Saturday, May 14, 2011

Opportunities and Constraints of On-line Information

Cross Cultural Strategy in International Business Competitive Intelligence (3)

The advancement of technology has had some very positive effects on this industry. The communication superhighway or the Internet, apart from reshaping the business environment, is providing benefits to CI practitioners. The Internet not only makes it easier to obtain quality secondary and some primary information as well as providing value to existing products or services; it also helps in the development of competitive business intelligence cross culturally (Emery and Tian 2003, Graef 1997, Tian and Emery 2002). Another use of the Internet is what termed as “collaborative intelligence”. This refers to the process where CI professionals are teamed up with colleagues in other divisions to leverage the firm’s intellectual capital by helping design and publish “knowledge bases”. At the same time, it is a way of identifying and developing ways to overcome hurdles to information sharing and collaboration. Educating senior executives about the Internet, and authoring “learning modules” to help other employees learn information-seeking skills is another function of collaborative intelligence program (Calof 1997).

The problem with the Internet is the difficulty of determining the quality of the source, especially when such sources are only available cross culturally. Criticisms include those relating to standards for citing and classifying publications by subject, date, and origin; none of these practices are well established or enforced on the Internet. Another problem we are concerned in our practice is that over 90% of the information in the Internet is in English. This is an indication that the internet still has not being completely embraced/utilized extensively by the rest of the world (Tian and Emery 2002). In practice, it is unlikely that CI professionals alone could locate useful information for CI purpose, the collaboration between CI professionals and translators is necessary; this in turn increases the cost for conducting CI through the Internet. On the other hand, due to technological problems, many languages are not supported in the Internet yet; this limitation makes it difficult to dig out more specific information pertaining to foreign competitors.

Accordingly, we also need to conduct international CI by using other information channels. In fact, our experiences indicate that public and/or university libraries contain extensive amount of information. Books provide insights to the psyche of corporations as well as thought process of key-decision makers. In addition, magazines and periodicals can provide details on competitor’s actions. Trade journals, local and international newspapers also provide relevant and detailed information. We should not forget personal contacts for sources of international information. Relevant facts can also be gathered from the organisation’s own sales force, customers, trade shows and distributors.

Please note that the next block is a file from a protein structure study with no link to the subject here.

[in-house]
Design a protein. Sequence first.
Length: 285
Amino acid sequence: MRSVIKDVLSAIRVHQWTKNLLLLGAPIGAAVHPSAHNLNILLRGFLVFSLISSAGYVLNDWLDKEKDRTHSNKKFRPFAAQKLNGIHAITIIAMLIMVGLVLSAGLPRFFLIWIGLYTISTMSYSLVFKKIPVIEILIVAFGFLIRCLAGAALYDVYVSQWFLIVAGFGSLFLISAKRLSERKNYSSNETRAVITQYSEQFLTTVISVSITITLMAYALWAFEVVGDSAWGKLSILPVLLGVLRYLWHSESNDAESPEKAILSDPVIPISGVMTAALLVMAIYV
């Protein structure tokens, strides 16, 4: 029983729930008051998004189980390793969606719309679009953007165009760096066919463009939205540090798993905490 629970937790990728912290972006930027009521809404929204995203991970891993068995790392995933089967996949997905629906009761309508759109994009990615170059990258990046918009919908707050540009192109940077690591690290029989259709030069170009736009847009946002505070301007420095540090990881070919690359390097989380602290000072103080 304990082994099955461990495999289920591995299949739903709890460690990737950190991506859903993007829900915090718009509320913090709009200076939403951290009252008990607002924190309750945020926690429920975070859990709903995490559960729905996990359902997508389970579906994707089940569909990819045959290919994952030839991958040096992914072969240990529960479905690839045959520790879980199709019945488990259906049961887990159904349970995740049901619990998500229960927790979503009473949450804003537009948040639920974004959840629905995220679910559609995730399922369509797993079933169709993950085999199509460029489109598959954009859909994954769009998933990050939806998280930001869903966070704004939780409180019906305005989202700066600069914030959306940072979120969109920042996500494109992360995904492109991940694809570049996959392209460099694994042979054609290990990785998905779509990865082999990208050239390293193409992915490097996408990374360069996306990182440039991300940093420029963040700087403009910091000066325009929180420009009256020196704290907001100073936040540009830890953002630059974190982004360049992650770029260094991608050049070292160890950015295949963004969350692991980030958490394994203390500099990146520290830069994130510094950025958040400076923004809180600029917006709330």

Once the CI unit has collected, evaluated and analysed the raw data it needs to disseminate the information to the decision-maker. However, in most cases a comprehensive study also requires primary information, which may include surveys, interviews, observations, and word of mouth. In practice, after obtaining data from inexpensive secondary sources, the firm is in a better position to conduct field studies to acquire true details. After obtaining secondary information and detailed primary data, a firm has a holistic perspective, which can provide an advantageous lead. We suggest that CI practitioners establish strategic alliance cross-national and cross-cultural boundaries, so that the necessary information and in-depth analyses can be obtained when needed.

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To be continued.


  1. What a great thought.
    I really appreciate your perspective.
    John Chappelear

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